Yes. Objects, magic, and creatures interact with mirage arcane even if they know it's an illusion.
Truesight allows only vision into and through the illusion.
Truesight does not change any other interaction aside from the visual, as "all other elements of the illusion remain". That means of the "audible, visual, tactile, and olfactory elements" only the visual are pierced by truesight.
Those with truesight "...automatically detect visual illusions and succeed on saving throws against them..." Mirage Arcane does not have a saving throw associated with it.
Perception of the illusion does not negate the other effects of mirage arcane.
Save for truesight, there is no provision in the spell's description that allow for a creature that knows it's an illusion to opt out of the spell's effects. Even with truesight, only the visual elements are optional.
Projectiles still interact with the illusion
Objects attempting to pass through the illusion (i.e. a character wanting to shoot a ranged weapon through the illusion)?
An arrow would still be stuck in a tree or shack created by the illusion. Other illusion spells such as creation also create elements that can be interacted with physically.
Mirage arcane still affects path to target.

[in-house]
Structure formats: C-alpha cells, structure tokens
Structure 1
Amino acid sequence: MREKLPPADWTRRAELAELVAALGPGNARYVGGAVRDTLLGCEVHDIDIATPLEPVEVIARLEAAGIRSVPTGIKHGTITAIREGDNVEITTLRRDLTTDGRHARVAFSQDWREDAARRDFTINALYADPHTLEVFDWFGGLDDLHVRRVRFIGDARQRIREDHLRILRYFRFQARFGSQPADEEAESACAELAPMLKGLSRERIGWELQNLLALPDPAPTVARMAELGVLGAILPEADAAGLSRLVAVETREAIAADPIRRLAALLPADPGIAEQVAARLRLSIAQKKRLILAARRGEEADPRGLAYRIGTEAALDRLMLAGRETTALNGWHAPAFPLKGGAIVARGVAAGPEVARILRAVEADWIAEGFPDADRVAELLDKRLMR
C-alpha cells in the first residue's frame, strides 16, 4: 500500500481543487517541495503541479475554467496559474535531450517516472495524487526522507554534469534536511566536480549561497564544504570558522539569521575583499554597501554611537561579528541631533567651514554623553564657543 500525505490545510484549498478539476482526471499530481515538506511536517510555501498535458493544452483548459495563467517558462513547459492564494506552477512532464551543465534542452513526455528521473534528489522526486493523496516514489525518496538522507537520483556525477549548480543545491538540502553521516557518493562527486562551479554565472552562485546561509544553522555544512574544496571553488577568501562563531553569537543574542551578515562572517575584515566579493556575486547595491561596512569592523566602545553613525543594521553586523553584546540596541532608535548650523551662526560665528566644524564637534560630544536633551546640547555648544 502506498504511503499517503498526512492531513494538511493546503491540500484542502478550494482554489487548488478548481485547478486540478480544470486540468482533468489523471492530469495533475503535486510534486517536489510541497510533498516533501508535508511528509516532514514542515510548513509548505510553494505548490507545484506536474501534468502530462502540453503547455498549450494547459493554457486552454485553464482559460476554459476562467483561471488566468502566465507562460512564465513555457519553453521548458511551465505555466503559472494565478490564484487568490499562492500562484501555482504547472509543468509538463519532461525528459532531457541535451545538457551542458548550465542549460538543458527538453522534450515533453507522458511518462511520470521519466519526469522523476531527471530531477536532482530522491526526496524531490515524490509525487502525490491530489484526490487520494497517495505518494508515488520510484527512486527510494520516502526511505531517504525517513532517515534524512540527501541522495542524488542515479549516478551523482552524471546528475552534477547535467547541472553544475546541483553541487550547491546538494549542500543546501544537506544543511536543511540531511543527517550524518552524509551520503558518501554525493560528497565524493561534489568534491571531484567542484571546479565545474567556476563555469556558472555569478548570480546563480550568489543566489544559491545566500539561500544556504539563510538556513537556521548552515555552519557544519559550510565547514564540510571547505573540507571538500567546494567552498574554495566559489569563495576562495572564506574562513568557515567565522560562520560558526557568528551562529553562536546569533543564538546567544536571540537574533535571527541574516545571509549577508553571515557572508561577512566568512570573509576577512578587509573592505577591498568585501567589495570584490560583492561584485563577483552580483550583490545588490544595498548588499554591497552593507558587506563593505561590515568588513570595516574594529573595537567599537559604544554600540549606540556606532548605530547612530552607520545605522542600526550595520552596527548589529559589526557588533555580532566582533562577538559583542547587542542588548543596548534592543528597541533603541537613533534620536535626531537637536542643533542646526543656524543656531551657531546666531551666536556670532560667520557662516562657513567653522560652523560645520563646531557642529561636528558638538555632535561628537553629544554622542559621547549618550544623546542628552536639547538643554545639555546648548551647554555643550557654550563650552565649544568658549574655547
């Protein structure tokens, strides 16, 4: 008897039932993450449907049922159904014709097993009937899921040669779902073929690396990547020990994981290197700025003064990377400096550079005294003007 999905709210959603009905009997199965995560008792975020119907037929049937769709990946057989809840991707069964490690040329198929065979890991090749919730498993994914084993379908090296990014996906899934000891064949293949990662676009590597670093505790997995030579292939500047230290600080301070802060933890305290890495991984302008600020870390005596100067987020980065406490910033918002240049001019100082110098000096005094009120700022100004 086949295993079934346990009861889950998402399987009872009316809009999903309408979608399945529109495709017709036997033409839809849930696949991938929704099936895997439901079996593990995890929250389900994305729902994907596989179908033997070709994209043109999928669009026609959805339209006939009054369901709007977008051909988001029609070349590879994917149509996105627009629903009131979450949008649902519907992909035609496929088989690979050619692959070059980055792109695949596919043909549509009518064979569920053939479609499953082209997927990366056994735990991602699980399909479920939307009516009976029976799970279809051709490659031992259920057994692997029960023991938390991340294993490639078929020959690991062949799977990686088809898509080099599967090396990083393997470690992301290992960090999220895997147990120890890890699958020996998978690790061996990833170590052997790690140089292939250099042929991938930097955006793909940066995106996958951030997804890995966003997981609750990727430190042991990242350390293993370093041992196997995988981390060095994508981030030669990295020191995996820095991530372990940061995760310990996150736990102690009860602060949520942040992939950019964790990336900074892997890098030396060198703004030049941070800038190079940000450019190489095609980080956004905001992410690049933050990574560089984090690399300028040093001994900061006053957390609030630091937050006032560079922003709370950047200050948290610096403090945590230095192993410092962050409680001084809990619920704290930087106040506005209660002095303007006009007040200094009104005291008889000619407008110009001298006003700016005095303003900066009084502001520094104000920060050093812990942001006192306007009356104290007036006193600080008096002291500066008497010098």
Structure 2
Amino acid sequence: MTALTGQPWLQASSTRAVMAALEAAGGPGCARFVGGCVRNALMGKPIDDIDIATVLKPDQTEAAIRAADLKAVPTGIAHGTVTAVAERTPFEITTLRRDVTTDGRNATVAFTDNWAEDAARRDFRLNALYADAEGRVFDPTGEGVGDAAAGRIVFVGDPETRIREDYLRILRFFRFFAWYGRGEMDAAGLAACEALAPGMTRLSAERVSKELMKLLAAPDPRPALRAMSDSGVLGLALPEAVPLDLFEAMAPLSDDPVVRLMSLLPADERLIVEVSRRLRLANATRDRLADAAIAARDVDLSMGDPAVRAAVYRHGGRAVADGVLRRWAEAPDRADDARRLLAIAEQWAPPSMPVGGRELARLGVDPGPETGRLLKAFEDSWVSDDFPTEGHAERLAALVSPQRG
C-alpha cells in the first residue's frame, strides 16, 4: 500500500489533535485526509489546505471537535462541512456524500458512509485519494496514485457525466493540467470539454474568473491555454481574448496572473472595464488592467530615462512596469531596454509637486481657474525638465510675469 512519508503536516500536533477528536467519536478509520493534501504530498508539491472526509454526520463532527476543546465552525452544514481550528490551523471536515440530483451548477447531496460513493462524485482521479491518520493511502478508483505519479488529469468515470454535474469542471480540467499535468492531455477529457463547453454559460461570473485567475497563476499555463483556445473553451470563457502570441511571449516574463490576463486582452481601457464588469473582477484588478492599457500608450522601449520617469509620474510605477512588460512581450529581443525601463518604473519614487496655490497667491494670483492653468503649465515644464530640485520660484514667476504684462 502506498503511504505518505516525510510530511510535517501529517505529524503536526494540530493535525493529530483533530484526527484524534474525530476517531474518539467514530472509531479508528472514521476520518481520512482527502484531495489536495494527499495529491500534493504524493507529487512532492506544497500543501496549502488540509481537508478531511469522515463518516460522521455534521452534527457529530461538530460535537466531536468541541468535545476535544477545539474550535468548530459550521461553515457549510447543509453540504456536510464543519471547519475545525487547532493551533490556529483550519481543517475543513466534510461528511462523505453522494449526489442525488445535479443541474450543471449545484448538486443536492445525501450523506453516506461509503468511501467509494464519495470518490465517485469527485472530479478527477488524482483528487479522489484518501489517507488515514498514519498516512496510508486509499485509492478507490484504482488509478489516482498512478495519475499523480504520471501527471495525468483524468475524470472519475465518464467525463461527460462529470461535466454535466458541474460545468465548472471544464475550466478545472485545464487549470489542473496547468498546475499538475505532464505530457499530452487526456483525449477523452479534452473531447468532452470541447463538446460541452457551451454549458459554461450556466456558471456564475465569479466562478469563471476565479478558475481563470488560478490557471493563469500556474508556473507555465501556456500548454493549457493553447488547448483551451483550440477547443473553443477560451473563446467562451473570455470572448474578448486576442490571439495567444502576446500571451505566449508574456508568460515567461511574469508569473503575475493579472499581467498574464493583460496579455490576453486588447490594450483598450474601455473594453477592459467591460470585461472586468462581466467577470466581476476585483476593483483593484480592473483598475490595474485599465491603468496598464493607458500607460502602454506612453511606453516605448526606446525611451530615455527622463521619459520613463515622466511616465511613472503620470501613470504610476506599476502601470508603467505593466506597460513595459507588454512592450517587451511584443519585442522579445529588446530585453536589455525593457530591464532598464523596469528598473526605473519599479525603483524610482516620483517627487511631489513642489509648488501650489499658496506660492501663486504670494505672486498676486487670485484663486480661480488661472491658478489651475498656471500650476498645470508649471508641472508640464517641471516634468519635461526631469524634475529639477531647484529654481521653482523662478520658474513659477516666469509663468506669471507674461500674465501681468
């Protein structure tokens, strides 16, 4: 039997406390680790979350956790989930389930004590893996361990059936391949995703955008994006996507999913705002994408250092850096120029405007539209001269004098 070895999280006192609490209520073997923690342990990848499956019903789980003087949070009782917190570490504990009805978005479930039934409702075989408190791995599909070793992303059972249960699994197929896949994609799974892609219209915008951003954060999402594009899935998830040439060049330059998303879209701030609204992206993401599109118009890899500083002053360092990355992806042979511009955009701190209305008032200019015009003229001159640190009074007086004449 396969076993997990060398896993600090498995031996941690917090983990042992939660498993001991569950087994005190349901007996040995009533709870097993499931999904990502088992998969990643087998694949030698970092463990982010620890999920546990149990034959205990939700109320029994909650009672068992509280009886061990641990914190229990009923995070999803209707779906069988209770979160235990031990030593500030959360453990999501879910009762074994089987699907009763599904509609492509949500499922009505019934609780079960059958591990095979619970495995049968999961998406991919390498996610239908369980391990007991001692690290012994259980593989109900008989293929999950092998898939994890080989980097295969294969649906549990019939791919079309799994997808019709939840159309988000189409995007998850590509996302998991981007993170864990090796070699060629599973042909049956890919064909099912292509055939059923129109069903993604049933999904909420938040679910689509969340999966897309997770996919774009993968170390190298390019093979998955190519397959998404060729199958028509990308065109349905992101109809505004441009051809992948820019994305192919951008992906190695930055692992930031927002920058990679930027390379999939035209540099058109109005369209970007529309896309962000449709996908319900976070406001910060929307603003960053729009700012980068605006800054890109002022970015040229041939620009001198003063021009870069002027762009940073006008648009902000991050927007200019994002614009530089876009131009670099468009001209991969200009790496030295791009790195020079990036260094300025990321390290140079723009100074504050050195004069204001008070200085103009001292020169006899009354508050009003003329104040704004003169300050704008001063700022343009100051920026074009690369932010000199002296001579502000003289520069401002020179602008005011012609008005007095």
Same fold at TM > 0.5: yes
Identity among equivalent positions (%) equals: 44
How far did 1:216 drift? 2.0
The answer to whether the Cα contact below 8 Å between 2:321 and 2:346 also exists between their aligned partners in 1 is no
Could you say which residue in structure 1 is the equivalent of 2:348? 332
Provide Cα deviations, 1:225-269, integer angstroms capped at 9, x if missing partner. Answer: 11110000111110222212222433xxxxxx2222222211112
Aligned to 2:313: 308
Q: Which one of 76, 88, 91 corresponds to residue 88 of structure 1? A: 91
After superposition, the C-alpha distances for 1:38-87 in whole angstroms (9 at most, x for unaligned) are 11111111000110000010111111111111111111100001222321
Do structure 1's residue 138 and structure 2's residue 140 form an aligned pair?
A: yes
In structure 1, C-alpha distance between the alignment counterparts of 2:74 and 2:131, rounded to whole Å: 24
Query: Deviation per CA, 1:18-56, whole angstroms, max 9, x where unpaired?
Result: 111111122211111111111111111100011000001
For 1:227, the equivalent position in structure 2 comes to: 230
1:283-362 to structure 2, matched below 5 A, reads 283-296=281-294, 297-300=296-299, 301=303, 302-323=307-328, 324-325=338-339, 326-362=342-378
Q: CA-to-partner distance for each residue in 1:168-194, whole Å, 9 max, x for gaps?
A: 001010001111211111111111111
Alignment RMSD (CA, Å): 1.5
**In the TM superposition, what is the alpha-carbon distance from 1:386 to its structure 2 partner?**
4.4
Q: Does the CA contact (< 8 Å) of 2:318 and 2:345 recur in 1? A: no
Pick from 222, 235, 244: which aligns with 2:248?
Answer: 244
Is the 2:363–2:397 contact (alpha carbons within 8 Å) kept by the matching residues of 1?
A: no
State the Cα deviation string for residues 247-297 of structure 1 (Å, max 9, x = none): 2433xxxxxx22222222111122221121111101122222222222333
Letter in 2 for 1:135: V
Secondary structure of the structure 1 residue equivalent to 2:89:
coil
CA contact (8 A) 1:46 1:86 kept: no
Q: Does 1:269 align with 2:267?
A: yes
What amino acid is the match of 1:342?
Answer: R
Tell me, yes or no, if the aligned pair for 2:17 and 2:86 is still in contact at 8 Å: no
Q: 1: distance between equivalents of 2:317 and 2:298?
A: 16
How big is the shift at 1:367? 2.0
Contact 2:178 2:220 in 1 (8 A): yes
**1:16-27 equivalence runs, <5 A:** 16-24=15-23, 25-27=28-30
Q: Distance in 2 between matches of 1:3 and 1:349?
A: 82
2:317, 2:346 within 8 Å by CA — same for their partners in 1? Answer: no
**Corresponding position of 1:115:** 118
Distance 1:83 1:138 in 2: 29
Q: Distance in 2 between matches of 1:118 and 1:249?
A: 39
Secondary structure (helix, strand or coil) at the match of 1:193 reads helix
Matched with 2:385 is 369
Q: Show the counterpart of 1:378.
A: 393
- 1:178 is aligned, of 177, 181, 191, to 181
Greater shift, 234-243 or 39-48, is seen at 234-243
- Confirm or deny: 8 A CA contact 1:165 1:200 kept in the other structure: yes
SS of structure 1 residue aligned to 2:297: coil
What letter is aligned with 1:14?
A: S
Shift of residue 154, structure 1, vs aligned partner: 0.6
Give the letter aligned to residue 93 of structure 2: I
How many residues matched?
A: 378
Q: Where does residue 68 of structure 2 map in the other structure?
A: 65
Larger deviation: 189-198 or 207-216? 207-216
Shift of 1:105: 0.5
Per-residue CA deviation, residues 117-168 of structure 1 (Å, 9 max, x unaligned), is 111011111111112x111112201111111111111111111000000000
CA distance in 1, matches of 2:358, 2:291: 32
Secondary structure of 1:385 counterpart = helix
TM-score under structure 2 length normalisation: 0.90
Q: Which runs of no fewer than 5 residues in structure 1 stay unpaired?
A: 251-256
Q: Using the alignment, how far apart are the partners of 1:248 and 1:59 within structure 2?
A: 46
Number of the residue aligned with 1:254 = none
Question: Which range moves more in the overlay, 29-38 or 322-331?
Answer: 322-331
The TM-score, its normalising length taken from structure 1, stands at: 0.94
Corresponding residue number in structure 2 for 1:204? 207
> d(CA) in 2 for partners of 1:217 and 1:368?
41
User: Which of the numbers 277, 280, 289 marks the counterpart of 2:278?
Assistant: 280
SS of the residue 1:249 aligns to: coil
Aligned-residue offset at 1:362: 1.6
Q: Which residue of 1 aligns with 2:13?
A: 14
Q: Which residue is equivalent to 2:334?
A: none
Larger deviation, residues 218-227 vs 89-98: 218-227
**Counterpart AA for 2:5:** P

In the same way one cannot target through a window pane, there isn't a clear path through the mirage terrain even if the caster can see through it. There's a relevant question about casting through transparent things.
The spell's text only provides for truesight to see through it. As the effects are also olfactory and tactile, those could be use to narratively account for blindsight not being able to penetrate the effects.
Blindsense reveals hidden or invisible creatures. Mirage arcane does not add creatures nor conceal creatures, so the ability does not operate on the same targets as the spell does, and would not indicate the presence of the illusion.
Might be able to detect the presence of the illusion's facade.
At clever DM might find a way to convey further information to those with senses that could ostensibly detect the terrain beneath that affected by the spell. For instance, a creature with tremorsense might notice the sensation beneath the surface of the illusion does not match what would be expected.